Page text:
Nevertheless, the justices ruled under the major questions doctrine that no agency can adopt rules to regulate an issue of major national significance without the express approval of Congress. Several conservative justices have spoken out about the unchecked powers of federal agencies. This ruling requires a more narrow view of the Clean Air Act.

However, even without these EPA rules, the country has already exceeded some of the emissions goals set out by the Obama administration, and even moved beyond them.

“You have a lot of these agreements between [public utility commissions] and companies to help clean the electricity generation fleet, and so they're voluntarily moving forward regardless of what's happening at the EPA,” Skinner-Thompson said. “By the time EPA comes out with a new rulemaking, it's possible, at least for most of the power sector, that that's largely moot.”

Congress could decide to allow the EPA to come up with tighter rules around emissions. In the 90s, the agency passed an amendment to the Clean Air Act to establish a cap-and-trade program for power plants to address acid rain, for example. However, with the current gridlock on Capitol Hill, a change in this area is unlikely.

“It is a disappointment. I think for those of us who are hoping that EPA could take aggressive and significant action to address climate change, in particular greenhouse gas emissions, CO2 emissions from power plant, we're not going to see that,” Skinner-Thompson said.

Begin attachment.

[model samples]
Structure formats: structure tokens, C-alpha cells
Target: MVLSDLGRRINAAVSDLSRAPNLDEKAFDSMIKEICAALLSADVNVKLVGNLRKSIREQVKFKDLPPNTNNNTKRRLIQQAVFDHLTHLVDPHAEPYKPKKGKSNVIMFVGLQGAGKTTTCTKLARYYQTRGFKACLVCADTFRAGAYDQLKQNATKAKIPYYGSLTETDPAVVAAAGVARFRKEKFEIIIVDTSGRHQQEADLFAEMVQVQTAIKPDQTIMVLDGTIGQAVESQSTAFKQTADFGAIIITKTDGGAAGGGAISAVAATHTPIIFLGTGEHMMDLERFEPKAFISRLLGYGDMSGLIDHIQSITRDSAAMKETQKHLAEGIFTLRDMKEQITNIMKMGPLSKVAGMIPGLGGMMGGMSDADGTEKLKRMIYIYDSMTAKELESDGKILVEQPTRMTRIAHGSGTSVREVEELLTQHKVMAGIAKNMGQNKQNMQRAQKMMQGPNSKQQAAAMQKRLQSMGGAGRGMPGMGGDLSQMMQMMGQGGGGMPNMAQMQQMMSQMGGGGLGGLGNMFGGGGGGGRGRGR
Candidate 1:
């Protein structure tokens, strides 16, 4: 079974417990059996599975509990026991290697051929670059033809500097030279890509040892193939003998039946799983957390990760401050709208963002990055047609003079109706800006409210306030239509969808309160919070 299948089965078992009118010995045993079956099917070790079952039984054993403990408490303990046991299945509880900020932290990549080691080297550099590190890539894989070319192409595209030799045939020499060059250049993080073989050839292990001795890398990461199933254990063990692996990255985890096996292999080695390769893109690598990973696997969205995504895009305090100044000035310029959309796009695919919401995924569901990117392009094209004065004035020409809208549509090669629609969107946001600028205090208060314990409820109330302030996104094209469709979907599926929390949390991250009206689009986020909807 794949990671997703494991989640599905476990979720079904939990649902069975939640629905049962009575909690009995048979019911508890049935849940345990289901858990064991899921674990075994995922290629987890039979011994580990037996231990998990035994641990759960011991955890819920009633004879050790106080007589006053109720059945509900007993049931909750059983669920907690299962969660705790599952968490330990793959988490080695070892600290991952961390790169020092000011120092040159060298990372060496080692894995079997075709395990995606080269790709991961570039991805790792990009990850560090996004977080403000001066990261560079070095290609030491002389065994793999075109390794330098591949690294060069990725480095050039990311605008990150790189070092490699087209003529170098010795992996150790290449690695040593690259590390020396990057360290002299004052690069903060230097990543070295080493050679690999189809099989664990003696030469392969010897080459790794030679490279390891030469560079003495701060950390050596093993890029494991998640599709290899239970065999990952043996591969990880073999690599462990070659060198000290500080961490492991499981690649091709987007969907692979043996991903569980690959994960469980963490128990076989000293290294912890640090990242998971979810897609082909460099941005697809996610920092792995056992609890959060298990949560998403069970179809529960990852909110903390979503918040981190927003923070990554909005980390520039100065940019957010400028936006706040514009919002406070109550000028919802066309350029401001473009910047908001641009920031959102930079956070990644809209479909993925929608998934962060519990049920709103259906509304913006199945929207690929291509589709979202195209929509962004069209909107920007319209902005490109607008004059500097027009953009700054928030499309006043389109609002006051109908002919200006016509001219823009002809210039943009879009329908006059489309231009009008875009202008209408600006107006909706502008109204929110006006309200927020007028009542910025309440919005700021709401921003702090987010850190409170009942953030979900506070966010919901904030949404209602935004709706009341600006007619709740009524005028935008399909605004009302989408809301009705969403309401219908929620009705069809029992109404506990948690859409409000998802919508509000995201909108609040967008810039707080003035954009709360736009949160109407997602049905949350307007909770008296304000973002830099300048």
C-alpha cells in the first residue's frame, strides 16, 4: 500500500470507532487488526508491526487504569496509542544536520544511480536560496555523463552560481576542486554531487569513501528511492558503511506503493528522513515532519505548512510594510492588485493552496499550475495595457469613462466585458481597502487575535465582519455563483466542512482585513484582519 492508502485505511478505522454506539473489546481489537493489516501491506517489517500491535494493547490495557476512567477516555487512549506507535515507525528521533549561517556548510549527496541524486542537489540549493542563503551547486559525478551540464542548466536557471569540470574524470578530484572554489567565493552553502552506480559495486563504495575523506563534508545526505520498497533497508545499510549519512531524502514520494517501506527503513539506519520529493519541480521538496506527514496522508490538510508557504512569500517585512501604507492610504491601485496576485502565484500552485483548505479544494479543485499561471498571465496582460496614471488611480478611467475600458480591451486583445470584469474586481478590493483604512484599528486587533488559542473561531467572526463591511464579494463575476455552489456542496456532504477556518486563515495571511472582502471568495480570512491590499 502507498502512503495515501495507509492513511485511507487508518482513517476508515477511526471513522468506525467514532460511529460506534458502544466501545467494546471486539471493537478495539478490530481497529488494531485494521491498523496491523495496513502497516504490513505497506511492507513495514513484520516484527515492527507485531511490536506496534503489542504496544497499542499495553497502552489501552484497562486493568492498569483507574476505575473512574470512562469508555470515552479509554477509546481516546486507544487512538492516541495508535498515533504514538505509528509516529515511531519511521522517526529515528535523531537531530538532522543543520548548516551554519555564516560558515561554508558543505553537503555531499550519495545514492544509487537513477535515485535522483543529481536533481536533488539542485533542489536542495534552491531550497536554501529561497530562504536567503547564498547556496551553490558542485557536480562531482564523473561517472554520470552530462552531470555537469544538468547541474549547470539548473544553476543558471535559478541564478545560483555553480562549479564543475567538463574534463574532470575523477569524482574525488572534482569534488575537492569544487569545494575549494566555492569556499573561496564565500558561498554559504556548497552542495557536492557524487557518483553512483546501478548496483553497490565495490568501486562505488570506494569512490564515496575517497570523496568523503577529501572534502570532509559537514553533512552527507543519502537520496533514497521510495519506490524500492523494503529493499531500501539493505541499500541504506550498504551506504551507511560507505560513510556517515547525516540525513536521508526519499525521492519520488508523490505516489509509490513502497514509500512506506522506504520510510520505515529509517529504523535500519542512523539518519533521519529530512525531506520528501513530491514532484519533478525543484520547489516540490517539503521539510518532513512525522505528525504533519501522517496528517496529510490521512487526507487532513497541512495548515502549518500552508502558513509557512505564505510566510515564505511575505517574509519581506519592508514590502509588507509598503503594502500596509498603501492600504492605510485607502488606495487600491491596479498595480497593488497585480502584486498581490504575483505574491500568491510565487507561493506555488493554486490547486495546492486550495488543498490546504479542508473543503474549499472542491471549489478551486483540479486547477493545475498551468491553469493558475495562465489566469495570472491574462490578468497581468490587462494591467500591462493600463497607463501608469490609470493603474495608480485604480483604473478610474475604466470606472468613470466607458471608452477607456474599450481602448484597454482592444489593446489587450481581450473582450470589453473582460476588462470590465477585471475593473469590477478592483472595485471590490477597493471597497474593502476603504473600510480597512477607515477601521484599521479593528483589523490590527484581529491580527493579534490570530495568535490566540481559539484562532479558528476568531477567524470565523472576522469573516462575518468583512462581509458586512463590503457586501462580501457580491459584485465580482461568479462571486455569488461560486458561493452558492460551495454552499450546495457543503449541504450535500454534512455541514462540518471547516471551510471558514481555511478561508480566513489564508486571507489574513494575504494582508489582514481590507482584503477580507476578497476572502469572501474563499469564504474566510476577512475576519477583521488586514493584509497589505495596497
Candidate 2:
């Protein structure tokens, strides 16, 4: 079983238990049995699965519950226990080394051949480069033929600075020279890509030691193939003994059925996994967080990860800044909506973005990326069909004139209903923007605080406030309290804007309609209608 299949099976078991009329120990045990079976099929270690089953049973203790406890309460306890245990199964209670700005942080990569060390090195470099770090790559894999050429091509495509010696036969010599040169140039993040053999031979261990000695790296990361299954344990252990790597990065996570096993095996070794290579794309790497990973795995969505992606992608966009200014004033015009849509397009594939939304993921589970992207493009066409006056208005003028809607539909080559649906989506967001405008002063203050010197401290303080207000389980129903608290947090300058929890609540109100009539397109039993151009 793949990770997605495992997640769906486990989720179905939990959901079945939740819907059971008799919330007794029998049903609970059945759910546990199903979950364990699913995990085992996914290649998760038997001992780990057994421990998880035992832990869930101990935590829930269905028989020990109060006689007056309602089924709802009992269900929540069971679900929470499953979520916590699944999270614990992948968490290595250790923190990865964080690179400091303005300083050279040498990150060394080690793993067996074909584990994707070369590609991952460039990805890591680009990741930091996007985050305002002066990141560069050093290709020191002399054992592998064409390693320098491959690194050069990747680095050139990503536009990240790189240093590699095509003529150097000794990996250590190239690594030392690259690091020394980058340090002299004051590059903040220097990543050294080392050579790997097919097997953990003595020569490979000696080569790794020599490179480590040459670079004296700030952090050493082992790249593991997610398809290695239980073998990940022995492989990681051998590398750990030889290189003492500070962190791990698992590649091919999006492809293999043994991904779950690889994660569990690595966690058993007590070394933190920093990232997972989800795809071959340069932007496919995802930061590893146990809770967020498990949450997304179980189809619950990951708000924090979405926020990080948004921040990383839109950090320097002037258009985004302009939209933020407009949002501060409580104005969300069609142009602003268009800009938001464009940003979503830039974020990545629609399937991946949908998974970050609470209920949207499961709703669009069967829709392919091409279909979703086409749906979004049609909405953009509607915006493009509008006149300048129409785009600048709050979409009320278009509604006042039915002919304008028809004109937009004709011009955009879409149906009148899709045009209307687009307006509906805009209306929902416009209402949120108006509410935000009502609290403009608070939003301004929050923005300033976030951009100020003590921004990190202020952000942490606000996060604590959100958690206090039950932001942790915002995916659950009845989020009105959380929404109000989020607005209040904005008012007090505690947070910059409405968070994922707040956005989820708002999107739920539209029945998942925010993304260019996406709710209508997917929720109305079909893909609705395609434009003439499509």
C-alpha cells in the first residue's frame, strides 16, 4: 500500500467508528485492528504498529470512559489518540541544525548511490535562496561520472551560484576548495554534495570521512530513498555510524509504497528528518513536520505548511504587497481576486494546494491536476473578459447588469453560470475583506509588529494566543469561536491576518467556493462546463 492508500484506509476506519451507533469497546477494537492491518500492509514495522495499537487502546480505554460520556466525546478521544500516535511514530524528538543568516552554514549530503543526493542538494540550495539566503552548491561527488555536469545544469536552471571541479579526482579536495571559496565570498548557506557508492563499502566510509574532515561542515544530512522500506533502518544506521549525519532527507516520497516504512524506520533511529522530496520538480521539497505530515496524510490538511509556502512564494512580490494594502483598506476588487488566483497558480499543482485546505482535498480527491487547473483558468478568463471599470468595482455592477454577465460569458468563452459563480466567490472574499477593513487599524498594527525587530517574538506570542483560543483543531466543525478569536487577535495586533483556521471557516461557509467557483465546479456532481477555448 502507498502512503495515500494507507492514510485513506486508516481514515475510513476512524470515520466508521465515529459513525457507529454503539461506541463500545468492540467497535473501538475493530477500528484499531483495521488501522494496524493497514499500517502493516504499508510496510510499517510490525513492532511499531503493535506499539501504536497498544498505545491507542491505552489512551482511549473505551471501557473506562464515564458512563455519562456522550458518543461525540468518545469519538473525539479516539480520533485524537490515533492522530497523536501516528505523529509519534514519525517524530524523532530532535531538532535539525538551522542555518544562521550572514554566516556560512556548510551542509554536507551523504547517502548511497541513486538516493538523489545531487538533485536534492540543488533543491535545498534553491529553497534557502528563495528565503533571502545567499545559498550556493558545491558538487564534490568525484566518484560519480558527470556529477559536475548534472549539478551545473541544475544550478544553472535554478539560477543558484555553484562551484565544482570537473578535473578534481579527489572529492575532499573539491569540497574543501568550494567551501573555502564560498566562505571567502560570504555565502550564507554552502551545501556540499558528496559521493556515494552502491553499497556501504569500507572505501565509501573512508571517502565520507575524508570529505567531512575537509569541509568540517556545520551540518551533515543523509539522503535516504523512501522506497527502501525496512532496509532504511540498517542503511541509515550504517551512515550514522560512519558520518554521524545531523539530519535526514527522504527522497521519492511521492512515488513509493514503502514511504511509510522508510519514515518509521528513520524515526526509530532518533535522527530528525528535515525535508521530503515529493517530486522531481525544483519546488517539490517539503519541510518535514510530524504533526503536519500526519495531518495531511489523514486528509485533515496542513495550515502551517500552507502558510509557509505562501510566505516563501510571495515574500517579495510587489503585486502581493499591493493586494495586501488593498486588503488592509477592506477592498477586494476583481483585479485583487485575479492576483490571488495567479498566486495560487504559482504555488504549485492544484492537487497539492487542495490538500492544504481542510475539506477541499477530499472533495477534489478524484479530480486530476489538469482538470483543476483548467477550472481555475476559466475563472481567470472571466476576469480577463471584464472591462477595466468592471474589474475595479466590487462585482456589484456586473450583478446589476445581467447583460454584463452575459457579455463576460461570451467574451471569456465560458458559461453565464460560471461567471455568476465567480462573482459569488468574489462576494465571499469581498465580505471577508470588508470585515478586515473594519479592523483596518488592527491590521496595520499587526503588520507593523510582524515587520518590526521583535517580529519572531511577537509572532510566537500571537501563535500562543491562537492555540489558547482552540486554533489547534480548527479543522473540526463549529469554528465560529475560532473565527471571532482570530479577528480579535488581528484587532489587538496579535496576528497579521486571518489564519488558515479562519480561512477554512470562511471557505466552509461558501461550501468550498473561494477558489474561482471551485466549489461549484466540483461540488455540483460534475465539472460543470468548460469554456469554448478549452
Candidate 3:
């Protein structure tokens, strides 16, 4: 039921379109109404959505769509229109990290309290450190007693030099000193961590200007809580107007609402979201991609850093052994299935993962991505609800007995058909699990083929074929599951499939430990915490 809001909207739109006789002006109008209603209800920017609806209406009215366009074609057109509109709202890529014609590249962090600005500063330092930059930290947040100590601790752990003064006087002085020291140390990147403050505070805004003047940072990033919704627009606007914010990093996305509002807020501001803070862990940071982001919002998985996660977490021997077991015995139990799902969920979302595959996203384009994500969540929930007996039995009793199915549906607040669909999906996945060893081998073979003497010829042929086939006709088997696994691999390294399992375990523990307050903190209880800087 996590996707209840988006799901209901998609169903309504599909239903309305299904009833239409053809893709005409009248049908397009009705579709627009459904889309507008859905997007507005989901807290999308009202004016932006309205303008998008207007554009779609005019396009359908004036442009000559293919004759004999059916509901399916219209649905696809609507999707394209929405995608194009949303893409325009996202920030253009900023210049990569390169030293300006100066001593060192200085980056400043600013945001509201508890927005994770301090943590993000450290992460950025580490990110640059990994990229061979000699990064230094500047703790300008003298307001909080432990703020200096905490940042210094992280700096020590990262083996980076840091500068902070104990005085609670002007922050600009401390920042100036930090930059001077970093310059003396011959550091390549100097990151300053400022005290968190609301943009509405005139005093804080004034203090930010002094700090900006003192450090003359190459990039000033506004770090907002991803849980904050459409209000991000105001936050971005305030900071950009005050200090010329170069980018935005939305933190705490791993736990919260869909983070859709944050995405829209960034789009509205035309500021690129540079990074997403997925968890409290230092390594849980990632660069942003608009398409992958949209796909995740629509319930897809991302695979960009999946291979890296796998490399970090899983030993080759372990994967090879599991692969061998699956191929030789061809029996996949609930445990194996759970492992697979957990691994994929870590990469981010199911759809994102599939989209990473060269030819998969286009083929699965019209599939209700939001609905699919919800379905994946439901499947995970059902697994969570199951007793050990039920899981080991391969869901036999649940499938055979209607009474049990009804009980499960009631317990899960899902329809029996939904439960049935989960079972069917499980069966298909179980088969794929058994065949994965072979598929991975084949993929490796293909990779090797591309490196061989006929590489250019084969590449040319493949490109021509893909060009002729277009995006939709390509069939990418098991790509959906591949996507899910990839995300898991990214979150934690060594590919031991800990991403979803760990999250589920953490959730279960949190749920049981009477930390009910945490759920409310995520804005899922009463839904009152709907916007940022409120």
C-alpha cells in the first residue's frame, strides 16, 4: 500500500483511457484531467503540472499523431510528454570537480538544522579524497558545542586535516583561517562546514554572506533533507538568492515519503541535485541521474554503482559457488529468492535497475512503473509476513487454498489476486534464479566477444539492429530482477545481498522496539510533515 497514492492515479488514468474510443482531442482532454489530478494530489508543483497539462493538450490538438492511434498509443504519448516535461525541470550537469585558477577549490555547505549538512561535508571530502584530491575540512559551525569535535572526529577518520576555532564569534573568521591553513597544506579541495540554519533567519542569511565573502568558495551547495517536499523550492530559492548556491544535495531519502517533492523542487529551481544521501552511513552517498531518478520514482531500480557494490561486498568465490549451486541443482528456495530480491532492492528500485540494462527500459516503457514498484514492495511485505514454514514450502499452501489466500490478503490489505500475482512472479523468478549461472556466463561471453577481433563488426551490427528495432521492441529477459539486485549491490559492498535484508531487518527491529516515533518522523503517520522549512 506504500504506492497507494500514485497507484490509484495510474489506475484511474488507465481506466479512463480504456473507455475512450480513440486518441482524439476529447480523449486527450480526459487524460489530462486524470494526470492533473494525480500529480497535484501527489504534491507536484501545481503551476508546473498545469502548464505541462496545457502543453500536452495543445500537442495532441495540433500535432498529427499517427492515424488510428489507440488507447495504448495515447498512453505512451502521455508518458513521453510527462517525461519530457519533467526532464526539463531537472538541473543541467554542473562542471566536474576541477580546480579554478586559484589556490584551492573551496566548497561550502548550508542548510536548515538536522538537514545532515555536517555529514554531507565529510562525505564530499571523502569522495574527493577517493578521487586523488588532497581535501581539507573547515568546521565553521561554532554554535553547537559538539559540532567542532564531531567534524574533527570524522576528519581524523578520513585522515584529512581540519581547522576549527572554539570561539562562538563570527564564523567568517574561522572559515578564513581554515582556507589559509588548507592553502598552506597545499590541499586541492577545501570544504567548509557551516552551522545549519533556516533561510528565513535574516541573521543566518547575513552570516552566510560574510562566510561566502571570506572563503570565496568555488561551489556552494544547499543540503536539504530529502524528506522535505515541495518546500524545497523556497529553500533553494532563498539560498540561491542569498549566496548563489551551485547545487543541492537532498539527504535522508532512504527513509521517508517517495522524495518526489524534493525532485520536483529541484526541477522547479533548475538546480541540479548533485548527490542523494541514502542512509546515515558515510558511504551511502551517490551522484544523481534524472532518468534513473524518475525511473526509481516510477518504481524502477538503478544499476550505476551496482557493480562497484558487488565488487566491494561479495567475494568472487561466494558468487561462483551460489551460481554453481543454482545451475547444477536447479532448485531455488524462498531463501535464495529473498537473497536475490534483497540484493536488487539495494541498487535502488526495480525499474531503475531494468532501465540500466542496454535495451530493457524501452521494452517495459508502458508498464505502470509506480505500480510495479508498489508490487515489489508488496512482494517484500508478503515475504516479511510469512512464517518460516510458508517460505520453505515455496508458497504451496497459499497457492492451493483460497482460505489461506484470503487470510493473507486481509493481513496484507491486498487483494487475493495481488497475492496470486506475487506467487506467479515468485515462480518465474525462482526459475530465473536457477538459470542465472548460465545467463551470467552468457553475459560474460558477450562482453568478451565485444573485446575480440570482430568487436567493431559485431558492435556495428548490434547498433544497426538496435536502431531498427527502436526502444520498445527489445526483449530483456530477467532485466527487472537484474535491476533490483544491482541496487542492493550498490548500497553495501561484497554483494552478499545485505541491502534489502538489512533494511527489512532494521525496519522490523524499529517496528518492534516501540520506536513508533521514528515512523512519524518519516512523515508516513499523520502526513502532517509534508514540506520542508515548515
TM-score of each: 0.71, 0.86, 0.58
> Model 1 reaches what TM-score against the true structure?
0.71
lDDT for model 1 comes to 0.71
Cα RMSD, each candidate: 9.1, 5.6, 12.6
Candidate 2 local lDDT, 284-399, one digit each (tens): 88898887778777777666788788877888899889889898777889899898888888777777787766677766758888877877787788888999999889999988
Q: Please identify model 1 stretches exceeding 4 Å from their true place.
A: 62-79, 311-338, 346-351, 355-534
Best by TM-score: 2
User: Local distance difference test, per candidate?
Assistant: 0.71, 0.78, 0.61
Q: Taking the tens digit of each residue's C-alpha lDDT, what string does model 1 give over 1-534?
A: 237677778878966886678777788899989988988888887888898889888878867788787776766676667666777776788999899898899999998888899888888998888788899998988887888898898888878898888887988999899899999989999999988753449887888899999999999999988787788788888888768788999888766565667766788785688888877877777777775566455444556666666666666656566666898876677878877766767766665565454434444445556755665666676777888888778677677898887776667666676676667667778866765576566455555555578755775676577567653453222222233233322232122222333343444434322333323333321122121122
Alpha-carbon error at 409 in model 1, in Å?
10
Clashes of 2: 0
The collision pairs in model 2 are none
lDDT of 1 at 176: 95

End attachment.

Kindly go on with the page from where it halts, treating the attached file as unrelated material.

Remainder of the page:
Environmental advocates called the Supreme Court's decision catastrophic and disastrous for the fight against climate change.

“What it means is that Colorado has to find a way to fill in that gap that the EPA is going to leave. The federal government is taking a step back today,” said George Marlin, a Clear Creek County commissioner and the president of Colorado Communities for Climate Action.

Marlin says his area is already seeing the effects of climate change with shorter rafting seasons and greater wildfire risk. The area’s economy relies heavily on tourism. He warns that the issue is not going to fix itself, and that it will take many local and state governments to come together to address the gaps the Supreme Court's decision creates.

However, for states like Colorado that have already passed robust laws aimed at curbing the effects of climate change, little is likely to change with this ruling.

“Colorado has already enacted a number of climate strategies that has its own greenhouse gas map,” said Stan Dempsey, president of the Colorado Mining Association.

Part of those goals include the closure of coal-fired power plants by 2031. Dempsey says those decisions are already well underway and irreversible.

“In Colorado, we are showing the nation how cost savings from clean energy is rapidly reducing pollution, saving people money and creating jobs. Colorado utilities are already on a path to meet or exceed 80% renewable energy by 2030. We are fighting for a cleaner, healthier community,” a statement from Governor Jared Polis said.

Dempsey doesn’t see this Supreme Court case as one about the climate, but one about agency overreach and a legal issue about who can regulate what. He insists that people in his industry are not dancing with joy over the ruling because they are committed to addressing climate issues with policy makers on a state and federal level.

The Supreme Court ruling could have far-reaching impacts on government agencies. For now, the burden is on states to determine how to address the impacts of climate change.